1. I am sick of being called a right winger. Because I am vot­ing for this I am a right winger, huh? I resent your com­ment and If I were vot­ing no I would now vote yes. I am sick of you pro-gov­ern­ment do every­thing for peo­ple types. The leg­is­la­ture is a polit­i­cal orga­ni­za­tion. We do not need politi­cians charg­ing more than they need for tolls and using that mon­ey for oth­er pro­grams and pur­pos­es. they are not sub­jec­tive. Experts in account­ing, costs on these new projects are unbi­ased and will charge only what is prac­ti­cal and nec­es­sary. I do not care if more projects don’t get built. we need to stop tax­ing and spend­ing. Less gov­ern­ment IS Amer­i­ca not your ide­al of big­ger gov­ern­ment. We do not want the new Colum­bia Riv­er Cross­ing and light rail here in Van­cou­ver. We will not tol­er­ate it and it will prob­a­bly get blown up just as it gets done. That’s how upset peo­ple are about this. No $400 mil­lion from Wash­ing­ton on this.

    Note: This com­ment was edit­ed by NPI to com­ply with our Com­ment­ing Guidelines.

    1. Paul, you seem confused.

      The only thing that is char­ac­ter­ized as right wing in this post is Ini­tia­tive 1125 itself. I did­n’t say that every­one who sup­ports I‑1125 belongs to the right wing, although cer­tain­ly I‑1125’s most ardent pro­po­nents (includ­ing Tim Eyman and his sup­port­ers) are part of the right wing in this state.

      You say you’re sick of being called “a right winger”. That implies that oth­er peo­ple have been (unfair­ly, in your view) call­ing you that. Per­haps you’ve been labeled that way because you sound like an anti-gov­ern­ment Tea Par­ty con­ser­v­a­tive. That’s the impres­sion I got from read­ing your comment.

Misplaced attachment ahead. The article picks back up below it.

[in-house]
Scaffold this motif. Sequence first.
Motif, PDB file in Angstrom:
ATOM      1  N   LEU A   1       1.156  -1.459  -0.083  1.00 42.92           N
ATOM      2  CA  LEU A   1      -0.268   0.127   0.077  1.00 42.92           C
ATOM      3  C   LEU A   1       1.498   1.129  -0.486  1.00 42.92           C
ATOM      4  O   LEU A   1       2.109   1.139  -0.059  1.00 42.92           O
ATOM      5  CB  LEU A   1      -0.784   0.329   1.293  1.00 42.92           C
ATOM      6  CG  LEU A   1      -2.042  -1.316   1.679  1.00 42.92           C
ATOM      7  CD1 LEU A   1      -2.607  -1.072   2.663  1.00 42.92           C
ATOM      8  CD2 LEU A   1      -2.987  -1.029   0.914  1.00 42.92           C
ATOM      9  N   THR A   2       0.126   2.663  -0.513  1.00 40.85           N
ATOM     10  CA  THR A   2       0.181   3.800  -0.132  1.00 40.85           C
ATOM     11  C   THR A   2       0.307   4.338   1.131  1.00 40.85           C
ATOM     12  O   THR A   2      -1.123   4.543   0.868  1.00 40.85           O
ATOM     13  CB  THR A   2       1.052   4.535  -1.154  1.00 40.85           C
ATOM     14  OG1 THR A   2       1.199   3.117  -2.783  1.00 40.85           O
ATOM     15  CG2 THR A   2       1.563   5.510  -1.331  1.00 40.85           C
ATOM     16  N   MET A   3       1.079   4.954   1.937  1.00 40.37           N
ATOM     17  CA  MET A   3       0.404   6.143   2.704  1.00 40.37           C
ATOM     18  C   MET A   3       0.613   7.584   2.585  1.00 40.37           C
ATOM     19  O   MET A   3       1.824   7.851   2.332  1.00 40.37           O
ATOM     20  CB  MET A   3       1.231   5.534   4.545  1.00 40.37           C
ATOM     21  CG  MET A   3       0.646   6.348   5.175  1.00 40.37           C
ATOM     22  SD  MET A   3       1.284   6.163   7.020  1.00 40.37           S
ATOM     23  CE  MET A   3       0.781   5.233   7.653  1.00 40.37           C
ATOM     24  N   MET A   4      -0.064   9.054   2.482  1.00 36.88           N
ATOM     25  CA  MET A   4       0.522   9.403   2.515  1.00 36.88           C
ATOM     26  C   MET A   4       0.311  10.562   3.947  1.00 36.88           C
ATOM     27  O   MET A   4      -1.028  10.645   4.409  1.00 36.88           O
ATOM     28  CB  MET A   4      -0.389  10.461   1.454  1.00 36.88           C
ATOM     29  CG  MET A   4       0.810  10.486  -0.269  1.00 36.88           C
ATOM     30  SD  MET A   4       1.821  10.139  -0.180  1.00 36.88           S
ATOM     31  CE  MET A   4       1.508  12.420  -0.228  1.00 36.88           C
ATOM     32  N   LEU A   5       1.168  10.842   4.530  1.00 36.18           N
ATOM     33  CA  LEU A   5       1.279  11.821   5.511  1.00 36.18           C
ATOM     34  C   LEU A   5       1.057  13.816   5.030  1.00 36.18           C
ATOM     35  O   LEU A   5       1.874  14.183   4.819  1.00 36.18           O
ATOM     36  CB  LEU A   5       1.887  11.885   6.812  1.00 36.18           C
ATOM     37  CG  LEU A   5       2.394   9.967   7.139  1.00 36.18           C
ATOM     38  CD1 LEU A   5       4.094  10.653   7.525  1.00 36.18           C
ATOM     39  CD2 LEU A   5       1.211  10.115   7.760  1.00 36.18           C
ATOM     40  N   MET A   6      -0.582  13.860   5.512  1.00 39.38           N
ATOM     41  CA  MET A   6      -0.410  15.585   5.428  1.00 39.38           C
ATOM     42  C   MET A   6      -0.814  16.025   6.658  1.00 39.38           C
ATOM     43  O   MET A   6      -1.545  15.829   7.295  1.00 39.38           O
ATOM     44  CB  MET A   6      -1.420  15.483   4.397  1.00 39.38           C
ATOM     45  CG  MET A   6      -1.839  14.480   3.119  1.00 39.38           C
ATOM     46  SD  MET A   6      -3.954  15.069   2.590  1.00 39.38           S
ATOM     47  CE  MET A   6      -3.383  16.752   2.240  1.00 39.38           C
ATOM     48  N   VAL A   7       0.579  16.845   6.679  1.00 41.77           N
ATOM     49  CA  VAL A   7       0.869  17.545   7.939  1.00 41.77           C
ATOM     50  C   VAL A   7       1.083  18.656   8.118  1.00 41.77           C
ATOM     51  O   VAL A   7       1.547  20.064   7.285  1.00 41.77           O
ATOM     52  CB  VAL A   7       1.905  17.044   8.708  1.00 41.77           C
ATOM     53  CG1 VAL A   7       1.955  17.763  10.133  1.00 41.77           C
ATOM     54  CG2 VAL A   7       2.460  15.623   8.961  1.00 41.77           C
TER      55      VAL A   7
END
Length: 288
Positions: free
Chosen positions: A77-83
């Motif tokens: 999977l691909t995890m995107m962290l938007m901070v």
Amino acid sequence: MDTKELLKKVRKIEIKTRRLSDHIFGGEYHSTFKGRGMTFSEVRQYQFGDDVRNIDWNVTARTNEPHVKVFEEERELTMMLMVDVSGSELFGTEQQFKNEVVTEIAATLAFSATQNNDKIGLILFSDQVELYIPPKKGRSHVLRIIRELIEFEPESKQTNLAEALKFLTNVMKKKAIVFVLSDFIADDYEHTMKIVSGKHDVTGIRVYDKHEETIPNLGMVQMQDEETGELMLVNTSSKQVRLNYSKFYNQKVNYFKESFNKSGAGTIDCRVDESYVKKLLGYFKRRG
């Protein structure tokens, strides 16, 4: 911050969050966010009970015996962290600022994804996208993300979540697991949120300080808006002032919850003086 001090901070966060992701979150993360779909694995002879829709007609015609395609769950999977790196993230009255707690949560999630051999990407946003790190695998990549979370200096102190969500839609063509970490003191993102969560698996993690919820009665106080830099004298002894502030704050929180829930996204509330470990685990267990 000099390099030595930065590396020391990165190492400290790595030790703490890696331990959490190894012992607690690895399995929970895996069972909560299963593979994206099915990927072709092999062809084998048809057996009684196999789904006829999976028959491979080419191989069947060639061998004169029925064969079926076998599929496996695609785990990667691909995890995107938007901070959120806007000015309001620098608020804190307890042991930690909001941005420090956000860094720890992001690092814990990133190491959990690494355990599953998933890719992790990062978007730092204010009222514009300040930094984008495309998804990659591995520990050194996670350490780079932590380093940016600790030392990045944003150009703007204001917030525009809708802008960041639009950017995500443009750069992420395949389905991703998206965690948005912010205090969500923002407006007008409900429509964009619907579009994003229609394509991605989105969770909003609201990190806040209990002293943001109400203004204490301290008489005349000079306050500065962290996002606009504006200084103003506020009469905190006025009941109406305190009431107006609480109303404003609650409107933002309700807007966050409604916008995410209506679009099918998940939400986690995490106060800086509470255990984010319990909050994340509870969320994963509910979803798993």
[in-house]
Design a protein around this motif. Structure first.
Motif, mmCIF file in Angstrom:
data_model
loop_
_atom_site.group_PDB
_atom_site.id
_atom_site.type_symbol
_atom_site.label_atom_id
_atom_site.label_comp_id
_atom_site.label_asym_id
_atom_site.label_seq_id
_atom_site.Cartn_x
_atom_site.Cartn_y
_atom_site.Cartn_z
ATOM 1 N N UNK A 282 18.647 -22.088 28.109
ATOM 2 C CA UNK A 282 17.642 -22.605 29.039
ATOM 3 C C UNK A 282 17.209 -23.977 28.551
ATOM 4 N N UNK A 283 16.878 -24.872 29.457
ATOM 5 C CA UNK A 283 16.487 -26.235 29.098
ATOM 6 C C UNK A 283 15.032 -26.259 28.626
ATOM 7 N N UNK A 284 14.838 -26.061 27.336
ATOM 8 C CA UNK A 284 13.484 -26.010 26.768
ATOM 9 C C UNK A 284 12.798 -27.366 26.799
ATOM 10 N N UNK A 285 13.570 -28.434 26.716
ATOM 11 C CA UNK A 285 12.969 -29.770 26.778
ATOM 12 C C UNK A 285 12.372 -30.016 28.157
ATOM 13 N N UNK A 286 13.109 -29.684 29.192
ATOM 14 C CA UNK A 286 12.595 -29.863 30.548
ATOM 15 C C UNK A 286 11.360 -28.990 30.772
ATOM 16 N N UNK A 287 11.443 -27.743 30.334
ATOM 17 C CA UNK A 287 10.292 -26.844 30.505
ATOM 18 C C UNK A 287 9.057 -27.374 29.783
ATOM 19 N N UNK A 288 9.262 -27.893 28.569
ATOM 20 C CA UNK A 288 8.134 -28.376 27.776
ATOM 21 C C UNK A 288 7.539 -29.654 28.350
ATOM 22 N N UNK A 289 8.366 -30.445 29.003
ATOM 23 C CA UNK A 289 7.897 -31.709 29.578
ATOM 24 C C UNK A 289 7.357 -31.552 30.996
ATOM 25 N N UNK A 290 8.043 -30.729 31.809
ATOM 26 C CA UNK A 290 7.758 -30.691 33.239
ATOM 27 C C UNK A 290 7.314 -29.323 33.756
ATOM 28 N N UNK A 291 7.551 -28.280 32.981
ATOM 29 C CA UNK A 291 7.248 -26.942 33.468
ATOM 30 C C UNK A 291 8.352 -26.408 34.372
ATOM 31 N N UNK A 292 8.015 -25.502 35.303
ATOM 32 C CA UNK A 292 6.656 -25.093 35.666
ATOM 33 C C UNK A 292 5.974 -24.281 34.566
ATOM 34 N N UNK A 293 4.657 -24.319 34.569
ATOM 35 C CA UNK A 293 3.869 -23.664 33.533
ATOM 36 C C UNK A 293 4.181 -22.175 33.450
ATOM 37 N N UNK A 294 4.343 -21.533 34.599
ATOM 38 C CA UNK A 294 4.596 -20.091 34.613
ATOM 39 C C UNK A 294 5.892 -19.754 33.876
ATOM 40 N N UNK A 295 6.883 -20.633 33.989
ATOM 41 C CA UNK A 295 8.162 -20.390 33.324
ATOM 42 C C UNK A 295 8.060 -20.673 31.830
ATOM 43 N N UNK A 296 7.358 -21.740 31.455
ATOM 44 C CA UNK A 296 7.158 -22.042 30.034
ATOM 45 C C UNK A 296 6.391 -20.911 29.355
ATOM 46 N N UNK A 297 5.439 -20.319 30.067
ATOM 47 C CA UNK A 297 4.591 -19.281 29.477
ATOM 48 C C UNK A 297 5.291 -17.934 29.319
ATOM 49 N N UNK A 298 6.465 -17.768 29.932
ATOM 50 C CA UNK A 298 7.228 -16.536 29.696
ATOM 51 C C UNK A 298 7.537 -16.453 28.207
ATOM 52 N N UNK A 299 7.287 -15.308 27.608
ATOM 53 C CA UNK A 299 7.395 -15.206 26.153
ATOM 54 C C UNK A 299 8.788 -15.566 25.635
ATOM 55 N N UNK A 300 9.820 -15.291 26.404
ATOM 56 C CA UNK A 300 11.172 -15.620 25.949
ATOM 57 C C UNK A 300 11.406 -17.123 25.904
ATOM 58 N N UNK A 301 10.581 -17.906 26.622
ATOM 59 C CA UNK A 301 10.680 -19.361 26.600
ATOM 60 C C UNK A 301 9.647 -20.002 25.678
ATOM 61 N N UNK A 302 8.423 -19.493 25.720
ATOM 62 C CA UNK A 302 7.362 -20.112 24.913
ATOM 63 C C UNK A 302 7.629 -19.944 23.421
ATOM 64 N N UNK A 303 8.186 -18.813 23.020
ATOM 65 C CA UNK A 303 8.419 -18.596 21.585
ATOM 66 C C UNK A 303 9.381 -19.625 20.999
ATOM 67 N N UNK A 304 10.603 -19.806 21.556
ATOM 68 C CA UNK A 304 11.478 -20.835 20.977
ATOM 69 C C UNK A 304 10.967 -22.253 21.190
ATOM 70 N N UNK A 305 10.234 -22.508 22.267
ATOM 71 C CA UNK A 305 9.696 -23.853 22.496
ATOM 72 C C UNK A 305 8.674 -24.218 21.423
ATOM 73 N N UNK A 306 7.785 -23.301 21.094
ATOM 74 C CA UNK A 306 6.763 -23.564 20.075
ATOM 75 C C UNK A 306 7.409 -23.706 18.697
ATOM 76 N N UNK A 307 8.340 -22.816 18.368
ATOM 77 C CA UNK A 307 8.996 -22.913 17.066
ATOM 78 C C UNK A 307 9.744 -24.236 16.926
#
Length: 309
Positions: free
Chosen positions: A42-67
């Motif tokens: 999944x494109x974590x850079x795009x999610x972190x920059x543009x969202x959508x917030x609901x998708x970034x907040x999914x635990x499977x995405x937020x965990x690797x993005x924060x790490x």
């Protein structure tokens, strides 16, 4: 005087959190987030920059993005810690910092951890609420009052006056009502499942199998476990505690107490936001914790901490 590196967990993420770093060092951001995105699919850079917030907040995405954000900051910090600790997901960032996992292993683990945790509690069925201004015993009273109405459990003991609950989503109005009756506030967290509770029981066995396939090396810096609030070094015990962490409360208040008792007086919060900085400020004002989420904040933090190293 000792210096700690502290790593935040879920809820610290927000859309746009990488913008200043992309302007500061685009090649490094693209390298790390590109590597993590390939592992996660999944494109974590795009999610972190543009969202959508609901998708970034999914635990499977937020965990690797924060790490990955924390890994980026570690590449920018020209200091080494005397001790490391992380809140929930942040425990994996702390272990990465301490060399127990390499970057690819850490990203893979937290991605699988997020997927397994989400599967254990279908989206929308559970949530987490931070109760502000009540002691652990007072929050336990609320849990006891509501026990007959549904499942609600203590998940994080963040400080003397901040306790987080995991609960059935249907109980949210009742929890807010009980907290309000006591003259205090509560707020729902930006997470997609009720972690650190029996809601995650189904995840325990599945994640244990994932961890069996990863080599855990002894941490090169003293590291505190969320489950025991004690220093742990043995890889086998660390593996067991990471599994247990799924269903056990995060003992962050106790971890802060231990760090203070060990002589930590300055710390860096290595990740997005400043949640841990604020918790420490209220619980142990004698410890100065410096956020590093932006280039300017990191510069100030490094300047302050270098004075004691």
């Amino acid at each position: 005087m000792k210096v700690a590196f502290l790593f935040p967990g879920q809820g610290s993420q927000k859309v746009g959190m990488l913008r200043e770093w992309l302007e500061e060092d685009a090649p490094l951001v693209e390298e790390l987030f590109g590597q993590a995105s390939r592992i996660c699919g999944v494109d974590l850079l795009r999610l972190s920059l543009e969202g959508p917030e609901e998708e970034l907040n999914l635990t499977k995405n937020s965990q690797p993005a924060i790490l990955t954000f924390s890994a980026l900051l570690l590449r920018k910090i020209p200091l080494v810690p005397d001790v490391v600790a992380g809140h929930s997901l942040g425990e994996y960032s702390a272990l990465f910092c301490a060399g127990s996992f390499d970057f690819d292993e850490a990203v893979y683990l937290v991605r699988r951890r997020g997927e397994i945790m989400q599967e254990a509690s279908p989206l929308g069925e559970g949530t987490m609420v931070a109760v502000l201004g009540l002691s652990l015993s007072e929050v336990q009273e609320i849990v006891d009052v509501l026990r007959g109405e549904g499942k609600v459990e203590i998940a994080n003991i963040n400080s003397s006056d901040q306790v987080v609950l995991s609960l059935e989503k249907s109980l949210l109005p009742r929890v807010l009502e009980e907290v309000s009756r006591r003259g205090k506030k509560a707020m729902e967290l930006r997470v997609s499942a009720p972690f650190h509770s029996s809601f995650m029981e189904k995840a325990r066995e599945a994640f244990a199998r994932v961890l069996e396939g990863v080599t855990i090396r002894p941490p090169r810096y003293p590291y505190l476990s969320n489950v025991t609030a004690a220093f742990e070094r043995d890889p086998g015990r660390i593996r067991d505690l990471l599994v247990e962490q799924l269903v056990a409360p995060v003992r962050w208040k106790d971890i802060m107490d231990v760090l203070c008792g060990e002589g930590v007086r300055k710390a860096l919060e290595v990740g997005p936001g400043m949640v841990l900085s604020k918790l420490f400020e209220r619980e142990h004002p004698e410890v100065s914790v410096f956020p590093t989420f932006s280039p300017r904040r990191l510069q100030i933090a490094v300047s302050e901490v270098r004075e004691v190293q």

Your asser­tion “if I were vot­ing no I would now vote yes” made me laugh. 

      Obvi­ous­ly, you’d already made up your mind about I‑1125 before you read and com­ment­ed on this post. The lan­guage you used in your com­ment makes it clear that you feel strong­ly about this issue. And a vot­er who feels strong­ly about an issue is going to vote on prin­ci­ple — not change his or her vote on a whim. 

      I also thought it was fun­ny that you called the Leg­is­la­ture a polit­i­cal orga­ni­za­tion. Of course it is. So is the State of Wash­ing­ton. In fact, all gov­ern­ments every­where are polit­i­cal organizations. 

      As pro­gres­sives, we do not believe that gov­ern­ment can or should do every­thing. But we know that there are some things that we can only accom­plish by pool­ing our resources into a com­mon wealth. Like build­ing roads and bridges. 

      You may not think we need a new Colum­bia Riv­er Cross­ing. But the twin bridges that car­ry I‑5 over the Colum­bia are aging and needs to be replaced. One of the spans dates back to 1917; the oth­er dates back to 1958. These spans car­ry a huge amount of traf­fic and are at the end of their use­ful lives. It’s time to replace them. The last thing we need is anoth­er bridge dis­as­ter, like the one we had in Min­neapo­lis in 2007 that killed thir­teen peo­ple and injured anoth­er one hun­dred and forty five. 

      Maybe you your­self don’t care about how safe our bridges are. But you know what, Paul? Many of your fel­low cit­i­zens care a great deal about how safe our roads and high­ways are. So don’t be sur­prised if you log on to your com­put­er tomor­row evening and find that you’ve been out­vot­ed on I‑1125.

  2. Pret­ty biased against I‑1183, aren’t you? So what are the “false promis­es” Cost­co and oth­er big retail­ers are mak­ing about get­ting the state out of the busi­ness? There WILL be bet­ter selec­tion and more stores for con­sumers. There WILL be low­er prices, as recent stud­ies have indi­cat­ed. There will be more rev­enue for the state as well, as stud­ies have also shown. The “pro­tect our com­mu­ni­ties” argu­ments are dis­tor­tions and their fear-mon­ger­ing name alone is an insult to any intel­li­gent vot­er. The big dis­trib­u­tors, who are equal­ly try­ing to “buy” this elec­tion, have real­ly over­played their hand this time, and the bat­tle between them and retail­ers (which is real­ly what this mea­sure is all about) is going to be final­ly won by the retail­ers, as it should be. It will be a big vic­to­ry for all of us to end Wash­ing­ton’s post-Pro­hi­bi­tion monop­oly on liquor sales.